“I was amazed at the cost savings to wire the lights with low-voltage Ethernet cables versus traditional AC power,” says Akridge. “The installation itself was very quick, and we can use the cables for any network device if necessary. The reliability of the LED lights will also improve overall productivity of our maintenance staff as they will no longer have to spend as much time replacing bulbs. I’ll be pushing up daisies in the cemetery before these fixtures ever need to be changed.”
In recent years, the Mobile Public School System has implemented several energy-saving initiatives to ultimately cut about $5 million out of their utility costs. While Akridge is confident they will realize even greater savings with PoE lighting, the ability to improve the overall learning environment and safety and security of students is his greatest objective.
“While saving money is great, I’m more interested in what PoE lighting can do for education,” he says. “Students at the school have already commented on the LED lighting and its ability to improve their overall mood. The data does not lie, and if I can show how PoE lighting improves our kids and our electric bill, it’s a no-brainer.”
Betsy Conroy is global marketing communications manager for Siemon. Information about how Siemon’s ConvergeIT Cabling Solutions for Intelligent Buildings support Cisco’s Digital Ceiling can be found at www.siemon.com/convergeit.
Cabling for PoE lighting: Design and deployment guidelines
A zone cabling design for PoE lighting such as was deployed at the Clark-Shaw Magnet Middle School is very similar to that used for building automation systems and other IP devices. Siemon provided recommended guidelines for zone cabling and coverage area planning in the May 2016 issue of Cabling Installation & Maintenance magazine. Because of the high number of PoE lighting devices within a space and the static nature of lighting (i.e., few adds, moves and changes), Siemon recommends that the zone cabling system for PoE lighting overlay the zone cabling system for other building automation and IP devices and that dedicated zone enclosures be provided for PoE lighting device connections. If additional outlets beyond what are available at the dedicated PoE lighting zone enclosure are needed, they can be accessed from an adjacent zone enclosure used to support other IP devices.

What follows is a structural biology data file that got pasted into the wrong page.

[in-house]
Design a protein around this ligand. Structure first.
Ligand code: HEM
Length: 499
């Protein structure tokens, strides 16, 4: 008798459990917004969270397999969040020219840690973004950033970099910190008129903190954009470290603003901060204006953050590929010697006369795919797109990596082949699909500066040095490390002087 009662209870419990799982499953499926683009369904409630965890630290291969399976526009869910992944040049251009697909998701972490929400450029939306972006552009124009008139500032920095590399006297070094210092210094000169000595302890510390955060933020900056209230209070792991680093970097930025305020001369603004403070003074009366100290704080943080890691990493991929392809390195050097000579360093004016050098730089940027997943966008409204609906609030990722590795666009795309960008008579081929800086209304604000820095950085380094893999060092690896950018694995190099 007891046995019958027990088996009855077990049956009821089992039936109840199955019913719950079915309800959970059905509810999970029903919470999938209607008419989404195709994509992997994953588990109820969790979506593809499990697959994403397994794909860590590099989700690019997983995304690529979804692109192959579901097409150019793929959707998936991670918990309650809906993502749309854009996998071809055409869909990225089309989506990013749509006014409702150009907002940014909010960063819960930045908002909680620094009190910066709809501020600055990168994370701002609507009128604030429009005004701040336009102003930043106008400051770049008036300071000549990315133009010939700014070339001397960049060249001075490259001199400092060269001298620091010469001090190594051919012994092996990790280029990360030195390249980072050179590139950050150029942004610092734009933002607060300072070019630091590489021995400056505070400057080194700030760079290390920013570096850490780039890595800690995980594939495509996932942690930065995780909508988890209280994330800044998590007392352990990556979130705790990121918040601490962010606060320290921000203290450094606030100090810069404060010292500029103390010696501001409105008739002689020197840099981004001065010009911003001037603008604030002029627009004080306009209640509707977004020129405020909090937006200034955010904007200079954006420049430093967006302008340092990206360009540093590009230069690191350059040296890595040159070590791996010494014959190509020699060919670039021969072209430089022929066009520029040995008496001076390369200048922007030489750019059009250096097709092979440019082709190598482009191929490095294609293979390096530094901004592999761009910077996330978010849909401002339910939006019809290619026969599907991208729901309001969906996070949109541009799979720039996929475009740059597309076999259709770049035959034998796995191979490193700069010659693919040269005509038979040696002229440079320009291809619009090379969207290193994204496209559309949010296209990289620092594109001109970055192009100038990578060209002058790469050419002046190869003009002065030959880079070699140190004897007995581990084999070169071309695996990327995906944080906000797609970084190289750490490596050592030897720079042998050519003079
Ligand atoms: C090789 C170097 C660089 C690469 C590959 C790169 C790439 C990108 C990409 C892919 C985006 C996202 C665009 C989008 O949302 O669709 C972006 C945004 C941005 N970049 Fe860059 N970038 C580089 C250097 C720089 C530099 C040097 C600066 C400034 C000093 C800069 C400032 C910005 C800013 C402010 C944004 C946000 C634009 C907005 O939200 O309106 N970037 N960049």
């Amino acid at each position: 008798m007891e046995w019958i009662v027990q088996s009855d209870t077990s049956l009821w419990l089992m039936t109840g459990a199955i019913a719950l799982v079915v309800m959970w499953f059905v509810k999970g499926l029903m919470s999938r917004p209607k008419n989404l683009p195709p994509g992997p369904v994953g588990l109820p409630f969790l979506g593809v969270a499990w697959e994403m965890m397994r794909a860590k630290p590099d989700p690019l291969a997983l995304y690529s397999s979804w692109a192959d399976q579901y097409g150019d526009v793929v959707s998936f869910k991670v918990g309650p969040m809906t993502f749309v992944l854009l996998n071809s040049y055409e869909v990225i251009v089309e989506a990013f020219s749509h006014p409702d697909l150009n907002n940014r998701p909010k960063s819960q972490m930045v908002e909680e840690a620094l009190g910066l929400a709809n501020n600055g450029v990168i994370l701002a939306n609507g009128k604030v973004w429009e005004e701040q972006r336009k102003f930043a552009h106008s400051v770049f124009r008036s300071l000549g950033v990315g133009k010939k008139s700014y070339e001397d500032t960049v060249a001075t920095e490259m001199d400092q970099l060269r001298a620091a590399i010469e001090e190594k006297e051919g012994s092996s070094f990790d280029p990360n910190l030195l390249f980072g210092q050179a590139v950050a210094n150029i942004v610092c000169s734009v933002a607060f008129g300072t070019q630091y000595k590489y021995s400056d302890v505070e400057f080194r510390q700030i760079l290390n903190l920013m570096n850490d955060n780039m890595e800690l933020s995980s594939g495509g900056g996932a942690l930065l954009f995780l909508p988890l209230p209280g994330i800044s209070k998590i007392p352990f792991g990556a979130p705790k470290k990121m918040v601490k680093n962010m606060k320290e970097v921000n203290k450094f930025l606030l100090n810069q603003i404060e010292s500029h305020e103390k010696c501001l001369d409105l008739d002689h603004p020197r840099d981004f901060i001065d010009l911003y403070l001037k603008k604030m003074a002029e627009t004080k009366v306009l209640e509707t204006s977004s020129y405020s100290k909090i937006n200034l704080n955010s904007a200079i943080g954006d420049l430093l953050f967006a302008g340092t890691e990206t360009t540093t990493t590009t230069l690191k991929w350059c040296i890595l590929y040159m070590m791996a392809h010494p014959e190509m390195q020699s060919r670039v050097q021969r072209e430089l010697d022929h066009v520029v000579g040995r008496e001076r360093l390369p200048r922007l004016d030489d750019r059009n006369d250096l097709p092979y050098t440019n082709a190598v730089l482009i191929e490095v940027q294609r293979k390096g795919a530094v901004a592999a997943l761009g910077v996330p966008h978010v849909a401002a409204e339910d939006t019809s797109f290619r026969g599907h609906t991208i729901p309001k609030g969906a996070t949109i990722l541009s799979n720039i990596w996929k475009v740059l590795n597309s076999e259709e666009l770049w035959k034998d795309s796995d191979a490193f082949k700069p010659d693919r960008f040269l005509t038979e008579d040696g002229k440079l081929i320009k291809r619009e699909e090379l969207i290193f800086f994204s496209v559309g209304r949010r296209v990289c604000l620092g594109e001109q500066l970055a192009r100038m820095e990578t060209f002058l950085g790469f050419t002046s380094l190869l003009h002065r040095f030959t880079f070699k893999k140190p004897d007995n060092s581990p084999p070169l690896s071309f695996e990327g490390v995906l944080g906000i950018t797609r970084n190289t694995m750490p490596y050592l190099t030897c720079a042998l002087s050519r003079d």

Due to the density of PoE lighting devices, which is typically about 250 2ftx2ft troffers per 930m2 (10,000 ft2) space, Siemon also recommends that the optimum PoE lighting devices coverage area is an 18mx18m (60ftx60ft) square or grid. The dedicated PoE lighting zone enclosure should be centrally located within the coverage area, and the recommended number of outlets in the enclosure is dependent upon the number and size of the PoE lighting devices and type of system. Siemon recommends that the number of available connections within the zone enclosure should be no less than 24 (e.g. for small deployments or for enclosures located on a wall) and should not exceed 96 to ensure that cable bundle size are manageable and that remote powering current-induced heat buildup within cable bundles is controlled.
Ideally, zone enclosures should be positioned at least 30m (100 ft) from the TR. If lighting coverage areas are in close proximity to a TR, PoE lighting devices may be connected to equipment outlets instead of via outlets in a zone enclosure. In addition, when PoE lighting devices are located more than 5m (16 ft) from the zone enclosure, using an equipment outlet to connect the device can facilitate administration, simplify testing, eliminate the need to install long lengths of cable when devices are added, and remove concerns surrounding removal of abandoned cable when devices are taken out of service.
In summary, several variables must be considered prior to identifying the right PoE lighting system for an environment, and the process to design and deploy lighting devices in coverages areas can be complex and confusing. The use of digital lighting partners that are certified cabling design and installation experts can help ensure that customers receive a cost-effective, manageable infrastructure design to support the density of PoE lighting devices.
Valerie Maguire is global sales engineer with Siemon (www.siemon.com).